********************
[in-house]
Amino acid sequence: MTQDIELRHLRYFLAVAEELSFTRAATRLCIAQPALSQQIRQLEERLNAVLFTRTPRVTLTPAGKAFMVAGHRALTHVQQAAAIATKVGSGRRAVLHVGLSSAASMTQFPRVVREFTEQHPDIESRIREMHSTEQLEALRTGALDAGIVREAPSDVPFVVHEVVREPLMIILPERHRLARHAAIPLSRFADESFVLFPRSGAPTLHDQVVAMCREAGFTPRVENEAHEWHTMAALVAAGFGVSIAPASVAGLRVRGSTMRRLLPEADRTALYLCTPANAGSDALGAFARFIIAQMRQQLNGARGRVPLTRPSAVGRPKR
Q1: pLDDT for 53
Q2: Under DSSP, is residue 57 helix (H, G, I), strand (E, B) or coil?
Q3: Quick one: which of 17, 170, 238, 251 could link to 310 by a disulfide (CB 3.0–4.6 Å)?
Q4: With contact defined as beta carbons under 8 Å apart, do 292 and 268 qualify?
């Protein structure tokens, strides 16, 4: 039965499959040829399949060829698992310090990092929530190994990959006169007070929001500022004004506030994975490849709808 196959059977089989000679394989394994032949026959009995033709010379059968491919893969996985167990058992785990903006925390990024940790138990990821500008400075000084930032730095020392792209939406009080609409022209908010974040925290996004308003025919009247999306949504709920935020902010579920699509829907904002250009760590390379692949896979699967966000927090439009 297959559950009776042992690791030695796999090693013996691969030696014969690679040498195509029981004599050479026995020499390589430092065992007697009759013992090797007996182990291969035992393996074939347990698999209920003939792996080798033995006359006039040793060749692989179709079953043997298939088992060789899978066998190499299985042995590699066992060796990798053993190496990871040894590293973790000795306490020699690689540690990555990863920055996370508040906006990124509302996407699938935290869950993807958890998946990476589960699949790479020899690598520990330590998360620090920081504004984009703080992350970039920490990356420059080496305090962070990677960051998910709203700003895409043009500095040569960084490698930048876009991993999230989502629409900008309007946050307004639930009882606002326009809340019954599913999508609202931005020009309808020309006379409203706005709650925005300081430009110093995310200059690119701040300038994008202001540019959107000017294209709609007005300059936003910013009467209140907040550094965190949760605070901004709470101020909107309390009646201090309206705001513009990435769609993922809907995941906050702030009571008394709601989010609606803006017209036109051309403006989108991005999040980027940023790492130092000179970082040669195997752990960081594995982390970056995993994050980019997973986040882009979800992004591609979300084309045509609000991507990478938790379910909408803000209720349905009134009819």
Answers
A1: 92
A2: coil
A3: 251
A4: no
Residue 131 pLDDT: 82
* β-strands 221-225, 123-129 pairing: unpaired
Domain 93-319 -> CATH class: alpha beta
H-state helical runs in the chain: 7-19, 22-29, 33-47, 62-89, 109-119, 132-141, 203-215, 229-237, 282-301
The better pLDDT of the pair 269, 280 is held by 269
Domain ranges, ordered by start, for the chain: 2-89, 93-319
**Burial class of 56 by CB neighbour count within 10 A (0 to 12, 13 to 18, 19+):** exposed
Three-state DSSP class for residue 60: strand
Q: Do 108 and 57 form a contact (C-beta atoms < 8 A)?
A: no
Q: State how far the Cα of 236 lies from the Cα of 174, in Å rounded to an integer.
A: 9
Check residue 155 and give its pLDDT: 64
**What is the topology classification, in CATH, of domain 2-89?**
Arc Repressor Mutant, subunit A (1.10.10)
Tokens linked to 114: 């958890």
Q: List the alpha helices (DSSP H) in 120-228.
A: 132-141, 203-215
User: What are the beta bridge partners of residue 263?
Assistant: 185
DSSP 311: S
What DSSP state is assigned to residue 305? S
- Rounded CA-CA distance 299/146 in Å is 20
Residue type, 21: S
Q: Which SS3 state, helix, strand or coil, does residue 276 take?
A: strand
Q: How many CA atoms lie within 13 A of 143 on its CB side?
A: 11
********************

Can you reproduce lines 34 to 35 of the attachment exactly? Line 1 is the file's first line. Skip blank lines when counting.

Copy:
What DSSP state is assigned to residue 305? S
- Rounded CA-CA distance 299/146 in Å is 20